Patterns & Insights
Strategy and the Force to Stop Something
To some, just the word “Strategy” conjures up visions of big company leaders, sitting at large mahogany tables, surrounded by binders of spreadsheets, and surrounded by graphs and charts tacked up on the wall. However, as I’ve noted in other posts in the past, my experience has been that companies, departments, and/or business owners who embrace strategy to be its very essence, nothing more than the allocation of scarce resources to a set of objectives, are most successful.
The fact of the matter is that whether or not your “strategy” is conceived and evaluated on your back porch in solitude or in one of those mahogony tabled boardrooms, one of the very hardest things to do is to consciously decide to stop something; to exit a current trajectory, product line, functional level of investment, or solution. Newton in his First Law of Motion taught us that “Every object in a state of uniform motion tends to remain in that state of motion unless an external force is applied to it.“ And where strategic investments and tradeoff decisions are concerned, inertia of this kind can be the very thing that causes a company to not achieve its potential.
These are tough decisions, no doubt. Lacking a crystal ball, one can always hope an initiative will pay off … in the future and give it one more chance, one more snippet of resource to hang on another year. The justifications for holding on take many forms, but some common real life examples I’ve heard are “…But we have X customers who bought “Offer A” and the deals were profitable, so what does it hurt to continue to fund it even if the rate of growth was not as good as our other businesses and it is a bit outside our primary focus for the future.” Or, “But “Unit Z” was a pet acquisition by the Owner/CEO so we need to invest in it at least another year even it has yet to make it’s projected growth targets or positive cash flow objectives.” And the justifications or excuses go on.
Reality is, it is this type of leadership behavior that ends up stagnating company growth or even worse, causing the company to miss a major market transition that they otherwise may have had the potential to capture. Taking a “peanut butter” approach, giving a variety of projects funding is rarely a recipe for success and much less so a recipe that will drive support for substantial growth.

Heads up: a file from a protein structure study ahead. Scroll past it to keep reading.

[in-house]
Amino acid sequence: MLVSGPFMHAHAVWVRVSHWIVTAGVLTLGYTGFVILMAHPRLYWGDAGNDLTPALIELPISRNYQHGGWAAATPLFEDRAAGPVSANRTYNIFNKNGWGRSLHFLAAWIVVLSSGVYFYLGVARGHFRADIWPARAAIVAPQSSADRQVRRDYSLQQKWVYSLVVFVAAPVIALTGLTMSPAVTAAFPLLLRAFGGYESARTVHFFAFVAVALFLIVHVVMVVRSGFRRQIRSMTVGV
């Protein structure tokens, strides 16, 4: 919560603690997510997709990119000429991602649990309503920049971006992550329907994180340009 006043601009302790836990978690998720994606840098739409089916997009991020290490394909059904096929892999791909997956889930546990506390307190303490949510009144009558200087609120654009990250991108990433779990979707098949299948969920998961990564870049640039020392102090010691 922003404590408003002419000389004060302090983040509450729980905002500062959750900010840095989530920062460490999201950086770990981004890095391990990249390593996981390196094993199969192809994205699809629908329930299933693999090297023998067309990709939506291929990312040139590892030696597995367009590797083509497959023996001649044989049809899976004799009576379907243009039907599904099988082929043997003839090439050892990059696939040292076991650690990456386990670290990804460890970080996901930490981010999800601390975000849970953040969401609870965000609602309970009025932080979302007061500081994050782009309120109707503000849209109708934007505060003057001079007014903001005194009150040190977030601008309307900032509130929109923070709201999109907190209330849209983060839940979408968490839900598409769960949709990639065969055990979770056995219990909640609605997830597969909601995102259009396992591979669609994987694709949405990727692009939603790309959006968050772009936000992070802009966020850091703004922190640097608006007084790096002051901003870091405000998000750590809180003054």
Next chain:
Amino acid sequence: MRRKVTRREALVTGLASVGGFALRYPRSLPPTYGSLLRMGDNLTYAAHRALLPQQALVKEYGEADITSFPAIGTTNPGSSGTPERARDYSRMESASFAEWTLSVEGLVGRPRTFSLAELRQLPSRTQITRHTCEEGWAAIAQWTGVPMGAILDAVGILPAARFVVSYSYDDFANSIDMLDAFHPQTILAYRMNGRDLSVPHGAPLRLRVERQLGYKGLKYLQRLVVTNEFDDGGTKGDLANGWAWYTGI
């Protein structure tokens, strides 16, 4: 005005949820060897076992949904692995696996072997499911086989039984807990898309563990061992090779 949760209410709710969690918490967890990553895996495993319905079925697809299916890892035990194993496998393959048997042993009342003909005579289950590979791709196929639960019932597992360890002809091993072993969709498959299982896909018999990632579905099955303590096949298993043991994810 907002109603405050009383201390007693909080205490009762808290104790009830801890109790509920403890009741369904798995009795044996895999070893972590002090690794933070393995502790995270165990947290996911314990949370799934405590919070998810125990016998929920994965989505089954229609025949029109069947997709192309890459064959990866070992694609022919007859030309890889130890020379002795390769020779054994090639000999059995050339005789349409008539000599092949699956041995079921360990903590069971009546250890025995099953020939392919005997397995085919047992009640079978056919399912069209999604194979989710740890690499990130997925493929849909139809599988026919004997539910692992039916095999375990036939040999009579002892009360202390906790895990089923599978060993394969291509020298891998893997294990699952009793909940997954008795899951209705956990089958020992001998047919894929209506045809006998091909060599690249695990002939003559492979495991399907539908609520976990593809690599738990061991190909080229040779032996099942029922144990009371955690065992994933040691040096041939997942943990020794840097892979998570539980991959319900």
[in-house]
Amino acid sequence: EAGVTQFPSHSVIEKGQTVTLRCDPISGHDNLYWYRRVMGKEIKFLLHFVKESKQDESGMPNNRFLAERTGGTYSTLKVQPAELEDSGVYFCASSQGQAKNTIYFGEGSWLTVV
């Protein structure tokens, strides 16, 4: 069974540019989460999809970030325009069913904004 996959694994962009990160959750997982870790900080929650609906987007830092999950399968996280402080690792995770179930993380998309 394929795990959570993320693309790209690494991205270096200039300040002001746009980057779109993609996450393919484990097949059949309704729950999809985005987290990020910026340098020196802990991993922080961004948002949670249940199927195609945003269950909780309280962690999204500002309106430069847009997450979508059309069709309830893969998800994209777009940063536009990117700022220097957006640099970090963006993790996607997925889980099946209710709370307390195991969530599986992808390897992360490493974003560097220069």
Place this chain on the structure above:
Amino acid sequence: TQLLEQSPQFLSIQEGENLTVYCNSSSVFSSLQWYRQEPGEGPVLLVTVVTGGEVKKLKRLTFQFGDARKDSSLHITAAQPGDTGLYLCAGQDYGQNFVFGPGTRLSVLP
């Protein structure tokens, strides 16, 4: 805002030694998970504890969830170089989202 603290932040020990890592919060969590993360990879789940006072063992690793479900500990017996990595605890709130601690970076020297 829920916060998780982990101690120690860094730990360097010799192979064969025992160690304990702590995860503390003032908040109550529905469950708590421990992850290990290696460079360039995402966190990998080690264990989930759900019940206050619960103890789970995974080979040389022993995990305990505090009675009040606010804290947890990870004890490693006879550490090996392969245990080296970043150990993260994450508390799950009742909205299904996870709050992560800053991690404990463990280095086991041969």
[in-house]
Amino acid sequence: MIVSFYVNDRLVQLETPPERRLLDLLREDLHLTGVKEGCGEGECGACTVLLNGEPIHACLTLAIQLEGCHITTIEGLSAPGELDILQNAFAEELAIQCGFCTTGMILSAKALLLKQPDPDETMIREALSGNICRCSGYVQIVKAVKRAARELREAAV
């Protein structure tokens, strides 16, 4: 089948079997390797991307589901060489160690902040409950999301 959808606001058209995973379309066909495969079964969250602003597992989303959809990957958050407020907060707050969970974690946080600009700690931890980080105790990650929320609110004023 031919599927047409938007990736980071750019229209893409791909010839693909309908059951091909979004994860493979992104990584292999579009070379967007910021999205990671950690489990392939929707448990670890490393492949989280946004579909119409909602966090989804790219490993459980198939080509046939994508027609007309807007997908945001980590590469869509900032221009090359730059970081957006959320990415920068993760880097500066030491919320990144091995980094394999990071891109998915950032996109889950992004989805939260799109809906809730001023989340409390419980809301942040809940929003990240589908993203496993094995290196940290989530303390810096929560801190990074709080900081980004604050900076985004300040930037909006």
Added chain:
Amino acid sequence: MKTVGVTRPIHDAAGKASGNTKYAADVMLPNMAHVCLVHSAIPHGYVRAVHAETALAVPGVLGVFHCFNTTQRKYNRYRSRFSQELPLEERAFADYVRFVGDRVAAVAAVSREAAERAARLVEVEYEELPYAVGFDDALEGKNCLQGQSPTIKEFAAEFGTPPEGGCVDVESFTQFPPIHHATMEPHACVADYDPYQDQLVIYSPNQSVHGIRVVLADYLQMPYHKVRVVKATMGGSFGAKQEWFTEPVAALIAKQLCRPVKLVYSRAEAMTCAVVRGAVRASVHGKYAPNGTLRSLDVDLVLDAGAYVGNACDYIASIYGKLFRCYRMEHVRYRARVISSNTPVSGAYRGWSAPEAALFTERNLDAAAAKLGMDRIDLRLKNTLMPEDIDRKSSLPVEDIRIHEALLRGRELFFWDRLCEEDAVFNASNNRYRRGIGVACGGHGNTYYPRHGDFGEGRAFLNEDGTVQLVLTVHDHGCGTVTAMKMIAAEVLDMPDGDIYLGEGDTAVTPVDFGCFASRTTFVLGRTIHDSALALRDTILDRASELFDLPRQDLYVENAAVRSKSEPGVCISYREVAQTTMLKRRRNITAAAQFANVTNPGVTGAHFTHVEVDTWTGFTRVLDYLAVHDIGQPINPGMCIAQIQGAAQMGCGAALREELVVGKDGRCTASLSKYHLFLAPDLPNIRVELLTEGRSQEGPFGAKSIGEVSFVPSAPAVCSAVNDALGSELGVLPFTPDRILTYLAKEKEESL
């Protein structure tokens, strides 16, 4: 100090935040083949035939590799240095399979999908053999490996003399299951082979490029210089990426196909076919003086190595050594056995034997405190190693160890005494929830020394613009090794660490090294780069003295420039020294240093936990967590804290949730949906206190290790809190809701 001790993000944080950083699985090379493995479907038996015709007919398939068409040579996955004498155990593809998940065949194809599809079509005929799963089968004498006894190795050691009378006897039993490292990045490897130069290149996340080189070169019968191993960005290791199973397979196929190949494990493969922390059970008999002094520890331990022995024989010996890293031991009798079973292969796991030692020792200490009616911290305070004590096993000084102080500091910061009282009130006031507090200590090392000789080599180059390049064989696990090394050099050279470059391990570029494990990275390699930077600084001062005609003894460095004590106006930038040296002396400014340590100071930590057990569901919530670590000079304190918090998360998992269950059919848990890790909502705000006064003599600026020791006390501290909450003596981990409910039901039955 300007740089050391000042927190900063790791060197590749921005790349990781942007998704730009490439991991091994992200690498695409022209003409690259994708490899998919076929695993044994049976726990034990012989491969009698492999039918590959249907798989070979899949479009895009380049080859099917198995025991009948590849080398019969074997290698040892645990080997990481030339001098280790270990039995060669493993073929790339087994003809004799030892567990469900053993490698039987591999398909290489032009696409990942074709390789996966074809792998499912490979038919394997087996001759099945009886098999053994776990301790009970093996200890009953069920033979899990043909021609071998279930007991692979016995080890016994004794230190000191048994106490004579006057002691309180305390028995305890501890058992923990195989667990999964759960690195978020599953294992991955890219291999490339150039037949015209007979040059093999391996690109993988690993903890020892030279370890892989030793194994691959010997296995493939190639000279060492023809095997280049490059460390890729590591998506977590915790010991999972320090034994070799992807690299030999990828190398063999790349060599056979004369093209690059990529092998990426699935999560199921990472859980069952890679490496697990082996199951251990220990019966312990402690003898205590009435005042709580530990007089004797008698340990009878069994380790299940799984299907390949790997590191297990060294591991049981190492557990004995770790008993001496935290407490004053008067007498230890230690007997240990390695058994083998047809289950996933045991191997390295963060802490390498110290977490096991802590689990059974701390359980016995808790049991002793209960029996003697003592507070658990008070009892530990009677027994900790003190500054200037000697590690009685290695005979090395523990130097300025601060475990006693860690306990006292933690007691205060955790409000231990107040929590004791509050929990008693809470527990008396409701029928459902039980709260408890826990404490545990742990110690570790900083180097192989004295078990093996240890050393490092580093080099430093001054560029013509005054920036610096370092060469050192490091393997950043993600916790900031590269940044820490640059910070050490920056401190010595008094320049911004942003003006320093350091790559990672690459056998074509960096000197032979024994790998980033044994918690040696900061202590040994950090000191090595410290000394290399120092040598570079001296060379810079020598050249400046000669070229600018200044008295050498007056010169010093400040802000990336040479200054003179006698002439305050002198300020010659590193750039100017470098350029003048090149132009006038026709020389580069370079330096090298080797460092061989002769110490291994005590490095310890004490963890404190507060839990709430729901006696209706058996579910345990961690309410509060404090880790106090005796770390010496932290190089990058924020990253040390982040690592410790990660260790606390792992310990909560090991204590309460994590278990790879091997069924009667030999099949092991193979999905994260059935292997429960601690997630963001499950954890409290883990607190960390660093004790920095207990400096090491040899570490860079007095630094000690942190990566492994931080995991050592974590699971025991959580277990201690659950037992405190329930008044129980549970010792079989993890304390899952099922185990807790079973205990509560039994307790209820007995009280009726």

To resist this inertia, start your strategic resource allocation planning by identifying what it will take to adequately invest in ongoing or new initiatives that you believe will create real competitive separation in the marketplace for you. The remainder, then is to be applied against the rest of your business, but only after you focused on the differentiating elements.
Here are a few suggestions to help you evaluate where you will place your bets for the future where a somewhat lackluster or nominal element of your plan is concerned:
1. Can you and your leadership team clearly articulate how the line item (offer, product line, business unit) specifically supports one of your top 3-5 Strategic Imperatives for your business?
2. Be very honest with yourselves, is there anything about the capability or offer that your company is uniquely bringing to a market that actually wants the unique element? (Uniquely less expensive? Uniquely better deliver metrics? Uniquely different package? )
3. What would the impact be if you out-tasked the capability in full or in part? Is it core or context to what makes you special in the market place?
4. Think in terms of scenario planning alternatives at the extreme – If you de-invested entirely in “Offer A” and doubled up on “Offer C,” what are the best case and worse case scenarios you might encounter?
This series will address each of these suggestions in more depth to give you more ideas on how to practically apply them to your strategic planning process. Please visit again for the remainder of the series and in the meantime, join the conversation. Can you courageous examples of